Mentoring for Spiritual Growth

Sharing the journey of faith

Tony Horsfall

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One of the best introductions to mentoring I've read.
James Lawrence, Leadership Principal, CPAS

Content

In recent years the ancient Christian practice of spiritual direction has become increasingly popular, as more and more people from every part of the Church seek to know God more deeply. Terms such as 'mentoring' and 'soul' or 'spiritual' friendship are also being used to describe the process of one person coming alongside another to help them grow as a disciple of Jesus.

This accessible book is an introduction to spiritual mentoring, for those exploring this aspect of discipleship or embarking on training for ministry as a mentor within their church. As an experienced spiritual mentor, Tony Horsfall uses the metaphor of a journey to explain what mentoring means, its benefits to all involved, and how to explore the call to mentor others. It will encourage you to prioritise your own spiritual growth, as well as consider whether God may be calling you to be a 'soul friend'.

Endorsements

One of the best introductions to mentoring I've read.
James Lawrence, Leadership Principal, CPAS

This book provides rich refreshment for the head and heart.
Faithworks Magazine

Author info

Tony Horsfall is a freelance trainer (www.charistraining.co.uk) with a passion to help individuals deepen their relationship with God. He leads retreats and quiet days both in the UK and abroad and writes regularly for BRF's New Daylight notes. Among his other books are Working from a Place of Rest, Rhythms of Grace, and Servant Ministry.

Reviews

A letter from a reader:

Dear Tony

I'm sure you get plenty of thank you emails. I simply wanted to add to them. Your books: Rhythms of Grace, Working from a Place of Rest, and Mentoring for Spiritual Growth are being used to redirect our ministry.

In August last year, after six years of running our smallholding in Cornwall as a place of prayer and recovery from addiction, mental illness... we came very close to burnout. God stepped in, through a number of friends and supporting churches, and put us on a sabbatical break. Friends in Birmingham, who had been to one of your seminars, suggested we read your books. It's now my second time reading through them and my wife and I can feel God calling us back to his vision for this place.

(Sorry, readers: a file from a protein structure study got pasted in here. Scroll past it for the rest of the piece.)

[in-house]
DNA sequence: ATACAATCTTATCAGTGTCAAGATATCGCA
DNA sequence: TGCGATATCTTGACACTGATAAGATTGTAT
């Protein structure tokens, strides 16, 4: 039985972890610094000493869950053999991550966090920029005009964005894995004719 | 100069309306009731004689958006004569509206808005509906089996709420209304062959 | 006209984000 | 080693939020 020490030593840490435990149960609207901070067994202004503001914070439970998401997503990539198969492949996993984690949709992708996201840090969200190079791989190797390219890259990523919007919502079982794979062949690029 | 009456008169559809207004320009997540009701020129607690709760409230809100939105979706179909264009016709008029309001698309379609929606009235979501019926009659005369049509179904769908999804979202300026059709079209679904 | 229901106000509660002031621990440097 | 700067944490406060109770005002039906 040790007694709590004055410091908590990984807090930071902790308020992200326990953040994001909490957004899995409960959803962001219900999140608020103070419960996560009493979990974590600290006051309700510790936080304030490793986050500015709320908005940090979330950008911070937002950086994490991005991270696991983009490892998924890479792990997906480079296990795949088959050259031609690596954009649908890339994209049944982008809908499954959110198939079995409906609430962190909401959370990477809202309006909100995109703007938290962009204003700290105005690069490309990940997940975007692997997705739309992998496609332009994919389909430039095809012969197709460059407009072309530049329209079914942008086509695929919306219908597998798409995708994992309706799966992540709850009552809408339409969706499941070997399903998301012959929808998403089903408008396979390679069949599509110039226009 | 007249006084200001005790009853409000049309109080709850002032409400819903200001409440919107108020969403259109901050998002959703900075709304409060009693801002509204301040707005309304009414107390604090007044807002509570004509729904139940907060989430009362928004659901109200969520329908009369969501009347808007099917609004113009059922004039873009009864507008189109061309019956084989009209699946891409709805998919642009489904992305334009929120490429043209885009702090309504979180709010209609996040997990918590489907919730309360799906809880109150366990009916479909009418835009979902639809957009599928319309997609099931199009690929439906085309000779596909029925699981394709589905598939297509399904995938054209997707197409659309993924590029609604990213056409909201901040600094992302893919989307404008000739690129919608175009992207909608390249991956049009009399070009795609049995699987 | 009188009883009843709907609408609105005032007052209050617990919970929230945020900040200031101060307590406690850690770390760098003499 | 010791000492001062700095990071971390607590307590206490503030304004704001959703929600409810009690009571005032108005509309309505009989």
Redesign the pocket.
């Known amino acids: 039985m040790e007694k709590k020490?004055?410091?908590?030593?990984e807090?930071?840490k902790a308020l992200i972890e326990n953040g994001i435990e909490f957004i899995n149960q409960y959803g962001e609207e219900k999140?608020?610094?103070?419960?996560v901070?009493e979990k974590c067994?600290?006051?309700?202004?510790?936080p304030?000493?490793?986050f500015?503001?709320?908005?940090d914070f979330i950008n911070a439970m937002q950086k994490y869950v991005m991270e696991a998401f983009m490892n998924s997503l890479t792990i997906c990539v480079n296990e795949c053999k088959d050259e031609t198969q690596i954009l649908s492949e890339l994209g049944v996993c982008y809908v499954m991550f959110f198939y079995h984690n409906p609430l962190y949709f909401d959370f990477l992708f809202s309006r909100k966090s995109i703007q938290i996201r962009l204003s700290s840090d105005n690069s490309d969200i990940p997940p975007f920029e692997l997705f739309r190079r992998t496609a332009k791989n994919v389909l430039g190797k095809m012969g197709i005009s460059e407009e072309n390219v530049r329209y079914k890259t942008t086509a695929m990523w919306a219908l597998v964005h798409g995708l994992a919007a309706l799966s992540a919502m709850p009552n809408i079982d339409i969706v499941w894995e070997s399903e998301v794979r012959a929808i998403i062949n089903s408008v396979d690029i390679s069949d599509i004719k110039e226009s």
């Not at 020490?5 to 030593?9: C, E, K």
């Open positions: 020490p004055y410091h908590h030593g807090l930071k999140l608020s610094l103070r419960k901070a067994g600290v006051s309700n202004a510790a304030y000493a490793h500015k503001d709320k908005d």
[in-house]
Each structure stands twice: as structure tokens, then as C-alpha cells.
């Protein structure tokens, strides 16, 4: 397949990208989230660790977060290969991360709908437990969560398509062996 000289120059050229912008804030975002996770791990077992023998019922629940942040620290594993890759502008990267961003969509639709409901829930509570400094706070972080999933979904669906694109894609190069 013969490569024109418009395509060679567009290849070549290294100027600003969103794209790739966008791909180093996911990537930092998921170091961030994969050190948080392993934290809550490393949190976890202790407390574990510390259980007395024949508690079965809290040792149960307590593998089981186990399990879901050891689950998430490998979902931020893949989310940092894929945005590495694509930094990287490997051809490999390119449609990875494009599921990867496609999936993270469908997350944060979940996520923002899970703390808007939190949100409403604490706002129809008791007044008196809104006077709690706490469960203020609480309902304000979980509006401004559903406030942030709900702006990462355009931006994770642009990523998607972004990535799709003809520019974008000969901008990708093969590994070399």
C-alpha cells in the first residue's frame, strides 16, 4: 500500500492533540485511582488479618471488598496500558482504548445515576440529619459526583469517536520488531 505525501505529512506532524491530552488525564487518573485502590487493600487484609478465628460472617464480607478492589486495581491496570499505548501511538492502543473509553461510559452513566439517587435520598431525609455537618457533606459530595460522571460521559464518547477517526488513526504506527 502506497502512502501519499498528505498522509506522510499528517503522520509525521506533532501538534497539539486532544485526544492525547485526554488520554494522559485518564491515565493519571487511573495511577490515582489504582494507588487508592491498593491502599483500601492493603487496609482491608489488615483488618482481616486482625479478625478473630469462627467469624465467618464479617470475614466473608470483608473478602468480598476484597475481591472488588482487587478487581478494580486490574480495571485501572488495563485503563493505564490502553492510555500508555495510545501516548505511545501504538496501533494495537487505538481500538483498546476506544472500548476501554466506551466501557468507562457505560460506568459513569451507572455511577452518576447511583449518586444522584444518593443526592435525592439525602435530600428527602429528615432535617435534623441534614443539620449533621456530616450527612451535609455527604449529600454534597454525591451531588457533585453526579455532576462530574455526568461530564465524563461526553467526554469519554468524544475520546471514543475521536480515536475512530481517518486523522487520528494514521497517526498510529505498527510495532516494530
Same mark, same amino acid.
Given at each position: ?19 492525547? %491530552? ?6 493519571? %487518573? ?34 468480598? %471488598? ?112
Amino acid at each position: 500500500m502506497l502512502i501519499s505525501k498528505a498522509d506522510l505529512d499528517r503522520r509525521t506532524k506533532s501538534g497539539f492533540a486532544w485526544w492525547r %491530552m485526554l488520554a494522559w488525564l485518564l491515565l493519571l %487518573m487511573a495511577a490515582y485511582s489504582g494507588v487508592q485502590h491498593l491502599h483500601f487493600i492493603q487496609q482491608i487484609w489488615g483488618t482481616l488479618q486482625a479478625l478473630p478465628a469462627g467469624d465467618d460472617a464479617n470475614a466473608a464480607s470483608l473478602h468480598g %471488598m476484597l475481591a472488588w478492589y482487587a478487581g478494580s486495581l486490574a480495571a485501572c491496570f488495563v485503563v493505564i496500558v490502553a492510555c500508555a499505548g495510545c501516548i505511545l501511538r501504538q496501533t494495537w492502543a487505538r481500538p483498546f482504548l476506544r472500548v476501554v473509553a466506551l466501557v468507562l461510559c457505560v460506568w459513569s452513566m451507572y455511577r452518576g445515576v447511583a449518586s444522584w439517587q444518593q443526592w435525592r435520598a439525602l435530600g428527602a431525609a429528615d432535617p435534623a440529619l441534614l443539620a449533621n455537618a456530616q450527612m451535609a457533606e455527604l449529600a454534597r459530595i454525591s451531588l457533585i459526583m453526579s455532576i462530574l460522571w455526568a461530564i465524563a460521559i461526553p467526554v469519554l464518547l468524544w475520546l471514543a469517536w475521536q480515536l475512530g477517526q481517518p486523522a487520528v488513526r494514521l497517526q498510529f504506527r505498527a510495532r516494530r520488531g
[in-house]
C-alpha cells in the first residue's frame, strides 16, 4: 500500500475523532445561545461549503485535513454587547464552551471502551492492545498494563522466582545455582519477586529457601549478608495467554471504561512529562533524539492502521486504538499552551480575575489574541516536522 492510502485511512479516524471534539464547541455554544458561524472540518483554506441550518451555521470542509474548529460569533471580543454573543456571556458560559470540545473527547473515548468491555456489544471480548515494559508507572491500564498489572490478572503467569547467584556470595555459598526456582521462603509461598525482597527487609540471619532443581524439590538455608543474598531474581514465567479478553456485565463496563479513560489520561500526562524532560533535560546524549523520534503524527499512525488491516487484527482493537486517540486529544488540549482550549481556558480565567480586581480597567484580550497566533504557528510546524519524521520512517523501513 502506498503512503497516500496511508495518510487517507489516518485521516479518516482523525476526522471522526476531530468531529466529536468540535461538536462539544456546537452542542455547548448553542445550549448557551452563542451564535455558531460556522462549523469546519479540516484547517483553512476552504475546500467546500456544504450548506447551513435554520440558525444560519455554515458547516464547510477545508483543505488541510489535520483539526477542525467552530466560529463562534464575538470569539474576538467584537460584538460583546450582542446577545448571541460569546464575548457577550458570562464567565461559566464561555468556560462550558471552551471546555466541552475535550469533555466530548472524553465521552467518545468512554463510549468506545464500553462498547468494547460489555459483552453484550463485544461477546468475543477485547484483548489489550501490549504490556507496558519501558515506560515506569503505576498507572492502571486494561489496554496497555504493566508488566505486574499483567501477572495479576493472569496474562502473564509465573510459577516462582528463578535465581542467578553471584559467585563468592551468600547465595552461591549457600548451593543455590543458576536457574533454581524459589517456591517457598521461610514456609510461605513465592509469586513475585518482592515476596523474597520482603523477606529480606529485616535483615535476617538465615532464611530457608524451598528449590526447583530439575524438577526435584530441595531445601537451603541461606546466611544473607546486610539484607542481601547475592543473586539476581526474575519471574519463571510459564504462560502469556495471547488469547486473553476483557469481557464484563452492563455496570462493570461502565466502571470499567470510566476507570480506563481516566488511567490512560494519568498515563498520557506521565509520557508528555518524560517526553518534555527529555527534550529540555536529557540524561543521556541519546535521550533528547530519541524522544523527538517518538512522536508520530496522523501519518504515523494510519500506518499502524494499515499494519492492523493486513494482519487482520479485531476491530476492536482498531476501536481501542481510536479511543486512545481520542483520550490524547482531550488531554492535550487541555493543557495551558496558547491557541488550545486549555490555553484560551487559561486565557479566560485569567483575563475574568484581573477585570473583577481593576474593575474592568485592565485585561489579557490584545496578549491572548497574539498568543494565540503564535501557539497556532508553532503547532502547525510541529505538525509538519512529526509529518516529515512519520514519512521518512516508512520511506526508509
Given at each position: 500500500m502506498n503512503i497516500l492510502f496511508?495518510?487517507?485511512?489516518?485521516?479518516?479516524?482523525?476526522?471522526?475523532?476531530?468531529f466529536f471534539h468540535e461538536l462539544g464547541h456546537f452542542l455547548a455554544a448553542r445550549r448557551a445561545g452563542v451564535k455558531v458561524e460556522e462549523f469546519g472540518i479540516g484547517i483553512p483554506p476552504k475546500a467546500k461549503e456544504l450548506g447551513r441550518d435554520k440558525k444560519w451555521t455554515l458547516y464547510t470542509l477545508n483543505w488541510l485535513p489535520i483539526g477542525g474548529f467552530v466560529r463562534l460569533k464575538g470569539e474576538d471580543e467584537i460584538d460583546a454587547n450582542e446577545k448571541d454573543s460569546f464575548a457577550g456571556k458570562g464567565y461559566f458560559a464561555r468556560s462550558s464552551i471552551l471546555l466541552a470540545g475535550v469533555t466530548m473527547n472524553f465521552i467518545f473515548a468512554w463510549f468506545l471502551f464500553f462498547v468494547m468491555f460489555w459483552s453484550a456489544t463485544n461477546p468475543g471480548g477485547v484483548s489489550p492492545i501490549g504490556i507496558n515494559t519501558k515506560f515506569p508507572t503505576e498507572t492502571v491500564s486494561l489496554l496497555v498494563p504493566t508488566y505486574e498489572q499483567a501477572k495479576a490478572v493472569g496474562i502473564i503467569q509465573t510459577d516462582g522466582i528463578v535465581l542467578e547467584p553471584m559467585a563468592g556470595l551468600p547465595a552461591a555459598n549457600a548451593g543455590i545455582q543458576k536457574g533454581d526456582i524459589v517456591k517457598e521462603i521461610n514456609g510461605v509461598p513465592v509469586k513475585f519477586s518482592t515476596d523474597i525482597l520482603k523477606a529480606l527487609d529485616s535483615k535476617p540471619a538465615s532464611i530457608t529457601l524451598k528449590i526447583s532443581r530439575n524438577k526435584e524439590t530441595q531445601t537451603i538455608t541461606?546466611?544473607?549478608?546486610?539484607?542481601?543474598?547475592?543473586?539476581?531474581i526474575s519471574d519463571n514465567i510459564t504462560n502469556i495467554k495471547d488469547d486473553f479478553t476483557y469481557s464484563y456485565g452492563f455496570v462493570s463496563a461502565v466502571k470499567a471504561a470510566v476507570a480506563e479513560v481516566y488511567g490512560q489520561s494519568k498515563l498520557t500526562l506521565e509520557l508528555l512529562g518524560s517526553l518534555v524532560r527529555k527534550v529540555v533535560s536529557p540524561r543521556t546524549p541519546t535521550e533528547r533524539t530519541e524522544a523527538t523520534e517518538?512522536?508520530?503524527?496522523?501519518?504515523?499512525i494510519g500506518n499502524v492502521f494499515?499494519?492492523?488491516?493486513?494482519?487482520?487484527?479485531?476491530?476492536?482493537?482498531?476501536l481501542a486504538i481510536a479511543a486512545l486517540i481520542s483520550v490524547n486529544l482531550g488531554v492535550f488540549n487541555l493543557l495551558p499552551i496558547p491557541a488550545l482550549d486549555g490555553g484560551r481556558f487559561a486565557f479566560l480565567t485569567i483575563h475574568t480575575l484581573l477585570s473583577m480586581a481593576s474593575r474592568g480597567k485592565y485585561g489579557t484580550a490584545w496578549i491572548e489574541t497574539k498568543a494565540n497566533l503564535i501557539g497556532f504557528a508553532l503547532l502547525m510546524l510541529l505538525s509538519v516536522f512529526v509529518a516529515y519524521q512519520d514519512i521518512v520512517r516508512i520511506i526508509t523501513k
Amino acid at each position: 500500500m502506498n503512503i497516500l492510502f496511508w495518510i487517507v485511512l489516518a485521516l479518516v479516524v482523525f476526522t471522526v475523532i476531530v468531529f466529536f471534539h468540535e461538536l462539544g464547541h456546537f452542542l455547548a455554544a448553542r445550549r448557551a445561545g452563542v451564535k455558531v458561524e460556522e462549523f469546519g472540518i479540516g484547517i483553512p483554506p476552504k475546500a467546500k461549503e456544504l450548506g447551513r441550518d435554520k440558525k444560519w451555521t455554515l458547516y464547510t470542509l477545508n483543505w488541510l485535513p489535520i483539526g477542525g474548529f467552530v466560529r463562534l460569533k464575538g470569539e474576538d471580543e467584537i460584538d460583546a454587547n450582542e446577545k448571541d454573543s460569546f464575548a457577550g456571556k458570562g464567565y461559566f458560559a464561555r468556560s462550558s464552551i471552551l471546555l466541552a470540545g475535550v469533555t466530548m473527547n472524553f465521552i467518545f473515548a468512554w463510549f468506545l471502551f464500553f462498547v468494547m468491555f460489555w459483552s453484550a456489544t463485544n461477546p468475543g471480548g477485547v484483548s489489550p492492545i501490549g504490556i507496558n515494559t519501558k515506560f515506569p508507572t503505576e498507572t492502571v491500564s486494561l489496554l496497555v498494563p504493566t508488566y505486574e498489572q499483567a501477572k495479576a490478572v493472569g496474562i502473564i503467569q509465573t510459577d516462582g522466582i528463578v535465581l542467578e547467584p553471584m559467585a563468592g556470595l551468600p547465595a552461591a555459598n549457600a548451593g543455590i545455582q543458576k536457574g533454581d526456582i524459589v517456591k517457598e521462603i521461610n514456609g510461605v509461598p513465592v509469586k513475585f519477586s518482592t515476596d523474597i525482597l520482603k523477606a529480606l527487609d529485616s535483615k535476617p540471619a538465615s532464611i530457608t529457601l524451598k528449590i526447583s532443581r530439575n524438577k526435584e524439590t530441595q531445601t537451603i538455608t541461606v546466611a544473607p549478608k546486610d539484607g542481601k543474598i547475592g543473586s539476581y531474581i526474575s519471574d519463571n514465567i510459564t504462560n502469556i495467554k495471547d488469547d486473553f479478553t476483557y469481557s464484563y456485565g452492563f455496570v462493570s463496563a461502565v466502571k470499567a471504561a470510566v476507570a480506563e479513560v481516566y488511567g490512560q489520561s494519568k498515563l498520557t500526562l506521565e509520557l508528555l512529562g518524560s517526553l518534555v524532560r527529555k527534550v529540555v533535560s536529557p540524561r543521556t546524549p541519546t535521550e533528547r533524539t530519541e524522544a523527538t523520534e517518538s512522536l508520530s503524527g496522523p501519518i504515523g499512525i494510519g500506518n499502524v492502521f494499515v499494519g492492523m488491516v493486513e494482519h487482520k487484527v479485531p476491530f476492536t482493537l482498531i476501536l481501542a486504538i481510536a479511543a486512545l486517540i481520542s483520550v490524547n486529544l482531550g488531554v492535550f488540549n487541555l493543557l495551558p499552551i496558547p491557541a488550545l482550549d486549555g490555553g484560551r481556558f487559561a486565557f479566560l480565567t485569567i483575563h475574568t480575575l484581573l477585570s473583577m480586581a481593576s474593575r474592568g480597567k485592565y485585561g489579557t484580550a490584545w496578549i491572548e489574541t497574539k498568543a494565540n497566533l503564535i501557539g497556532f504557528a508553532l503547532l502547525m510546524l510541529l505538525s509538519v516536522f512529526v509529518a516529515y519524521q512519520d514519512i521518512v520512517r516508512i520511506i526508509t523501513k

Thank you for helping us get back on track.


From Retreats 2009

Here is an introduction to spiritual direction, written by an evangelical Christian for evangelicals. Most discussions of 'direction' start with some diffidence about the term itself, and Tony Horsfall is no exception. He is aware that 'director' is also a 'suspicious' term in some circles, and settles on the term mentoring. But this is actually - as his first sentence concedes - 'a book about spiritual direction'. Horsfall has clearly experienced it, benefited from it, and practised it. Appreciating its value, he's keen to promote it 'in the evangelical and charismatic sections of the church'. So he takes pains to root it in Scripture, skims briefly over the breadth and depth of the Christian spiritual tradition, and quotes extensively from contemporary evangelical writers who have influenced him, many from a North American stable. So, for example, he reworks the traditional 'Three Ways' in models from three such writers. He writes accessibly and anecdotally (of himself and others) and makes full use of the image of 'journey' for chapter headings - 'The Scenic Route', 'Losing the Way', and 'Travelling by Night' give the flavour. He is an enthusiast for 'Group Travel' (small group direction), and his appendix on lectio assumes a group use of this. The appendices offer useful introductions to some prayer exercises. There is no mention of structured preparation or support for mentors/directors (such as training courses or supervision). This book could helpfully fulfil its description at the start of this review.